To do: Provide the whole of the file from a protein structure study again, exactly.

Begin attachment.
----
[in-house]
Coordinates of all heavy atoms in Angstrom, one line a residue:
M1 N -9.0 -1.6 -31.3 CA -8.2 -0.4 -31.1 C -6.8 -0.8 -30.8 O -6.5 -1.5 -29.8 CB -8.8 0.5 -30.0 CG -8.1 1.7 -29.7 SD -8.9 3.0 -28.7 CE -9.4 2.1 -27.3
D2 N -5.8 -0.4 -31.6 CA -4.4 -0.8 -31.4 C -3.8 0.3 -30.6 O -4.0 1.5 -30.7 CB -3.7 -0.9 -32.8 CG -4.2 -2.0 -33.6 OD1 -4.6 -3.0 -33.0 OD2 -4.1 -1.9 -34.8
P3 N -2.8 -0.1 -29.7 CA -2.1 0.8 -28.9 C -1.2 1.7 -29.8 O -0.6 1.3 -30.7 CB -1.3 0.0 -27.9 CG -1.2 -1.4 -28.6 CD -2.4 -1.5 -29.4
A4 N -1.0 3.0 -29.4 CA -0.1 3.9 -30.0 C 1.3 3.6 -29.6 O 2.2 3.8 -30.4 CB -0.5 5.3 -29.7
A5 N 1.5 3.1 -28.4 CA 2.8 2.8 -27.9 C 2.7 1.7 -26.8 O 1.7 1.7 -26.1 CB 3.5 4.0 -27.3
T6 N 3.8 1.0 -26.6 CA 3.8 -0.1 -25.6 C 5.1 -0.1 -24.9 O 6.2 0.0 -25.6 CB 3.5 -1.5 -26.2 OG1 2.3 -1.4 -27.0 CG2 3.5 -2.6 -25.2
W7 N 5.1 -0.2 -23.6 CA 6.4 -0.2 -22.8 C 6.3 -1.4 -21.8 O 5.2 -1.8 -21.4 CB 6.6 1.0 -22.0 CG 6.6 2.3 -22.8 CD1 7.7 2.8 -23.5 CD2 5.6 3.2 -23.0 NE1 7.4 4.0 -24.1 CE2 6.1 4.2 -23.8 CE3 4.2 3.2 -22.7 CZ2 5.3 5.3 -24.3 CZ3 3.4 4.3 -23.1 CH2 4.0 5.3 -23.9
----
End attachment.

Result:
[in-house]
Coordinates of all heavy atoms in Angstrom, one line a residue:
M1 N -9.0 -1.6 -31.3 CA -8.2 -0.4 -31.1 C -6.8 -0.8 -30.8 O -6.5 -1.5 -29.8 CB -8.8 0.5 -30.0 CG -8.1 1.7 -29.7 SD -8.9 3.0 -28.7 CE -9.4 2.1 -27.3
D2 N -5.8 -0.4 -31.6 CA -4.4 -0.8 -31.4 C -3.8 0.3 -30.6 O -4.0 1.5 -30.7 CB -3.7 -0.9 -32.8 CG -4.2 -2.0 -33.6 OD1 -4.6 -3.0 -33.0 OD2 -4.1 -1.9 -34.8
P3 N -2.8 -0.1 -29.7 CA -2.1 0.8 -28.9 C -1.2 1.7 -29.8 O -0.6 1.3 -30.7 CB -1.3 0.0 -27.9 CG -1.2 -1.4 -28.6 CD -2.4 -1.5 -29.4
A4 N -1.0 3.0 -29.4 CA -0.1 3.9 -30.0 C 1.3 3.6 -29.6 O 2.2 3.8 -30.4 CB -0.5 5.3 -29.7
A5 N 1.5 3.1 -28.4 CA 2.8 2.8 -27.9 C 2.7 1.7 -26.8 O 1.7 1.7 -26.1 CB 3.5 4.0 -27.3
T6 N 3.8 1.0 -26.6 CA 3.8 -0.1 -25.6 C 5.1 -0.1 -24.9 O 6.2 0.0 -25.6 CB 3.5 -1.5 -26.2 OG1 2.3 -1.4 -27.0 CG2 3.5 -2.6 -25.2
W7 N 5.1 -0.2 -23.6 CA 6.4 -0.2 -22.8 C 6.3 -1.4 -21.8 O 5.2 -1.8 -21.4 CB 6.6 1.0 -22.0 CG 6.6 2.3 -22.8 CD1 7.7 2.8 -23.5 CD2 5.6 3.2 -23.0 NE1 7.4 4.0 -24.1 CE2 6.1 4.2 -23.8 CE3 4.2 3.2 -22.7 CZ2 5.3 5.3 -24.3 CZ3 3.4 4.3 -23.1 CH2 4.0 5.3 -23.9